Imagine you’re in your car, intent on reaching your destination, when you spot a wide yellow stripe across the road ahead. And in case you needed confirmation, on the side of the road is a warning sign.

Speed bump ahead.
 
What do you do? Accelerate? Maintain speed? Slow down? Your decision will affect the shocks and undercarriage of your car and jostle any open beverages. However, once you adjust to the consequences, you are free to continue on your way.
 
Why this discussion now? I’ve been facing several speed bumps in my own journey toward my writing goals. I’d originally hoped to revise and polish two completed novels by Christmas. Then, for the past month and a half, my day job piled on a lot of extra work with tight deadlines. So instead of 20-hour weeks, I’ve been putting in 35 to 40 hours a week on top of Mom duties, leaving very little time, energy, or inspiration for writing. The result? I backed off my goals to simply getting agent queries, proposals and the first three chapters of each ready.
 
Then, with a little breathing room at work (i.e. a 25- to 30-hour week), I hoped to get caught up with my critique groups. Until we had an internet glitch at home and I couldn’t download the chapters I needed to look at.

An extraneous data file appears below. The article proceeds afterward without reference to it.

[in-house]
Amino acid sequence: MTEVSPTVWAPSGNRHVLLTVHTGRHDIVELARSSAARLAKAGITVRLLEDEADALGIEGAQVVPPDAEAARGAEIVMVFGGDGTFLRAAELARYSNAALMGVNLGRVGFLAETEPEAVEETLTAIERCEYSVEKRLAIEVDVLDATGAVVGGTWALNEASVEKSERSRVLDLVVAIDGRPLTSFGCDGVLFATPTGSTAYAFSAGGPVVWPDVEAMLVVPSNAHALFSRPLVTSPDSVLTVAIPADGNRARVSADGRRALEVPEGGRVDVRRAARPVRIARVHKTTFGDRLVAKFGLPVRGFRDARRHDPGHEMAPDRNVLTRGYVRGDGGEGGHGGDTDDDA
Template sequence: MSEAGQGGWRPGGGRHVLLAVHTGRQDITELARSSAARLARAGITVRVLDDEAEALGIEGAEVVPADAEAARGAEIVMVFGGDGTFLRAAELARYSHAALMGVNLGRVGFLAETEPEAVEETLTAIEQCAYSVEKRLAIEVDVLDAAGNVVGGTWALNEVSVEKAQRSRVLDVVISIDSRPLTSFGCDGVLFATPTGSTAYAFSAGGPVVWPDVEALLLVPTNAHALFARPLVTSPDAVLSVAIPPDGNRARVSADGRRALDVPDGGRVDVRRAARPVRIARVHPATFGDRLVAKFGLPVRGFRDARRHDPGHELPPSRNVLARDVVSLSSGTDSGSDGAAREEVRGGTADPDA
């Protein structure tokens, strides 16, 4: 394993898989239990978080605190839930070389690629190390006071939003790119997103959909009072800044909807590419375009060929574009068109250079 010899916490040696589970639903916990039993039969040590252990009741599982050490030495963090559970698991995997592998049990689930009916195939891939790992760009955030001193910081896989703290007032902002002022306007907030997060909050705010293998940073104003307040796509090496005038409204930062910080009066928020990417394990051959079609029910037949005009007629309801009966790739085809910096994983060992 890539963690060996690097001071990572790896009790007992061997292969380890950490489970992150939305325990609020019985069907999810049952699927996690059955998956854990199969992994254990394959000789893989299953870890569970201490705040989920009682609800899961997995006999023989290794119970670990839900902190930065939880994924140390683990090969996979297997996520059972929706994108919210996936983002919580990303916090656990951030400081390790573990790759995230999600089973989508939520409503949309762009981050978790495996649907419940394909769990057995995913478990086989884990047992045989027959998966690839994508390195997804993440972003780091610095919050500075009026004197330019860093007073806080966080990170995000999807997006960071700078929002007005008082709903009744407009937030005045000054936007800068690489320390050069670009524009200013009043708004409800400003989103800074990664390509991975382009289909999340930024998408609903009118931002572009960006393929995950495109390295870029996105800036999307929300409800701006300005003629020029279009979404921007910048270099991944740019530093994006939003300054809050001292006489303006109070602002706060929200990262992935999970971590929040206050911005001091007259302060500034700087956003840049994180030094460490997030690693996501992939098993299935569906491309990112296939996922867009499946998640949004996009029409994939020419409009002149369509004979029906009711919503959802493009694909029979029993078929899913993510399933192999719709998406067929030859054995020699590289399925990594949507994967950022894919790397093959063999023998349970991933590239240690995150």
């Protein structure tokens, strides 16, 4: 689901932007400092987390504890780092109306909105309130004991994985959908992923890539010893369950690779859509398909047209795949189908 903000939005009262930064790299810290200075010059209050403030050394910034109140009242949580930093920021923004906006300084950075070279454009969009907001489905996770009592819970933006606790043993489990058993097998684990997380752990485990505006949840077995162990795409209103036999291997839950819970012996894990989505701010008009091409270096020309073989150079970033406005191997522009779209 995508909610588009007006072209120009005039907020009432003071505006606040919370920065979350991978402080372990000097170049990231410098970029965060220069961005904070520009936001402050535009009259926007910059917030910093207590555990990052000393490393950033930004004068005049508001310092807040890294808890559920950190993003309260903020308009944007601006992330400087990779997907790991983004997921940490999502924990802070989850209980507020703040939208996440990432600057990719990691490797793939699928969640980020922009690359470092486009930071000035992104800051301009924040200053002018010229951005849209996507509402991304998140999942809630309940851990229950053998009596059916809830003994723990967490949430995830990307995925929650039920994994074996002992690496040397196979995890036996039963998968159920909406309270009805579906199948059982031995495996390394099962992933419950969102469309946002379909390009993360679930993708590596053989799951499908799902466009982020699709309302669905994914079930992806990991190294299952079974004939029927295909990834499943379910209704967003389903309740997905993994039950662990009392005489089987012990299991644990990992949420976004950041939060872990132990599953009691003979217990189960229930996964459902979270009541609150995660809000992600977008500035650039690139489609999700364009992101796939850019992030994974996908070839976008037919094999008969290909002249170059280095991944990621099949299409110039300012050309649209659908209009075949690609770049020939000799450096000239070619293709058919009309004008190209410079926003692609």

What did I do? I slowed down, took a mental break, worked on a puzzle, read a couple short stories, and took a nap. Once the computer guy got me back online, I was ready to get back to work, with my sanity intact.
 
There’s much to be said for a steady pace toward the destination. But when life tosses in a speed bump, I found there’s nothing wrong with slowing down and getting over it safely. For now, it’s time for me to get back to work on my goals.
 
What about you? When life gives you a speed bump, do you slow down or do you try to continue at your original pace? What have the results been?
Speed Bumps
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2 thoughts on “Speed Bumps

  • November 8, 2010 at 2:09 pm
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    >Speed bumps is a good analogy that I need to take to heart. When I see obstacles, my flesh frequently wants to charge through them, which often results in pain. If I see them as designed by God, the engineer of my highway, I can rest, knowing that I'm still in the center of His will, and that's all that matters. Thanks for the insight.

  • November 8, 2010 at 8:57 pm
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    >Hi Candee –

    When my husband was diagnosed with leukemia, my writing came up to a brick wall. The only outlet I had was a daily email update to our friends and relatives, as well as journaling.

    Like you, I didn't try to force the issue. With no contract deadlines, it would have only added to the stress level. I trusted God with my writing and took care of my husband.

    Blessings,
    Susan

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